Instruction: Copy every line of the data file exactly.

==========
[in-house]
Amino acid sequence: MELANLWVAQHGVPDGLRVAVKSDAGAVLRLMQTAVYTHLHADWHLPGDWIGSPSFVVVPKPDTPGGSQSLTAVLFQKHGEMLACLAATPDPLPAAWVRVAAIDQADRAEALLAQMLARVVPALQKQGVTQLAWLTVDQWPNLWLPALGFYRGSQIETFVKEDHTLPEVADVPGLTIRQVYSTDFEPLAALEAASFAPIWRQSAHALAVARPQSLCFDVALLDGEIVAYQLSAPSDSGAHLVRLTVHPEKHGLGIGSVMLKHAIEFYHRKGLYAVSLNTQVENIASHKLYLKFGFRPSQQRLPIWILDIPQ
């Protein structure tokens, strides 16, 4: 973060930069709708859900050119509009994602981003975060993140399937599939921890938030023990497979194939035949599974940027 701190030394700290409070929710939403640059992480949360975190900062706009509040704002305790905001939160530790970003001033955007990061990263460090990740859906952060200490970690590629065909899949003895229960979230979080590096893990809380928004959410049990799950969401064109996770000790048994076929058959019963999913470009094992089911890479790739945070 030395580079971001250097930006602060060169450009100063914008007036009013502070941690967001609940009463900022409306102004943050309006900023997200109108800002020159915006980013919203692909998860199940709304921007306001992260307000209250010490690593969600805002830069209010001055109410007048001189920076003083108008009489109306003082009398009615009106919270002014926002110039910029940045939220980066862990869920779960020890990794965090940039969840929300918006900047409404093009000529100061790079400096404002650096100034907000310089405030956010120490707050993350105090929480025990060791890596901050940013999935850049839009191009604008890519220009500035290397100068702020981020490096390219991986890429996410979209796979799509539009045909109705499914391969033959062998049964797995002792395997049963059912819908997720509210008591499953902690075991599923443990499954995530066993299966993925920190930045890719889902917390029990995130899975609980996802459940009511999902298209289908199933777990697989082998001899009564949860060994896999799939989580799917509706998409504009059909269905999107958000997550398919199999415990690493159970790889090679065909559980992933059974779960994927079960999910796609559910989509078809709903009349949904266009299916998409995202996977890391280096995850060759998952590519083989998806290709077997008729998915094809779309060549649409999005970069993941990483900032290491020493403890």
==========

[in-house]
Amino acid sequence: MELANLWVAQHGVPDGLRVAVKSDAGAVLRLMQTAVYTHLHADWHLPGDWIGSPSFVVVPKPDTPGGSQSLTAVLFQKHGEMLACLAATPDPLPAAWVRVAAIDQADRAEALLAQMLARVVPALQKQGVTQLAWLTVDQWPNLWLPALGFYRGSQIETFVKEDHTLPEVADVPGLTIRQVYSTDFEPLAALEAASFAPIWRQSAHALAVARPQSLCFDVALLDGEIVAYQLSAPSDSGAHLVRLTVHPEKHGLGIGSVMLKHAIEFYHRKGLYAVSLNTQVENIASHKLYLKFGFRPSQQRLPIWILDIPQ
């Protein structure tokens, strides 16, 4: 973060930069709708859900050119509009994602981003975060993140399937599939921890938030023990497979194939035949599974940027 701190030394700290409070929710939403640059992480949360975190900062706009509040704002305790905001939160530790970003001033955007990061990263460090990740859906952060200490970690590629065909899949003895229960979230979080590096893990809380928004959410049990799950969401064109996770000790048994076929058959019963999913470009094992089911890479790739945070 030395580079971001250097930006602060060169450009100063914008007036009013502070941690967001609940009463900022409306102004943050309006900023997200109108800002020159915006980013919203692909998860199940709304921007306001992260307000209250010490690593969600805002830069209010001055109410007048001189920076003083108008009489109306003082009398009615009106919270002014926002110039910029940045939220980066862990869920779960020890990794965090940039969840929300918006900047409404093009000529100061790079400096404002650096100034907000310089405030956010120490707050993350105090929480025990060791890596901050940013999935850049839009191009604008890519220009500035290397100068702020981020490096390219991986890429996410979209796979799509539009045909109705499914391969033959062998049964797995002792395997049963059912819908997720509210008591499953902690075991599923443990499954995530066993299966993925920190930045890719889902917390029990995130899975609980996802459940009511999902298209289908199933777990697989082998001899009564949860060994896999799939989580799917509706998409504009059909269905999107958000997550398919199999415990690493159970790889090679065909559980992933059974779960994927079960999910796609559910989509078809709903009349949904266009299916998409995202996977890391280096995850060759998952590519083989998806290709077997008729998915094809779309060549649409999005970069993941990483900032290491020493403890």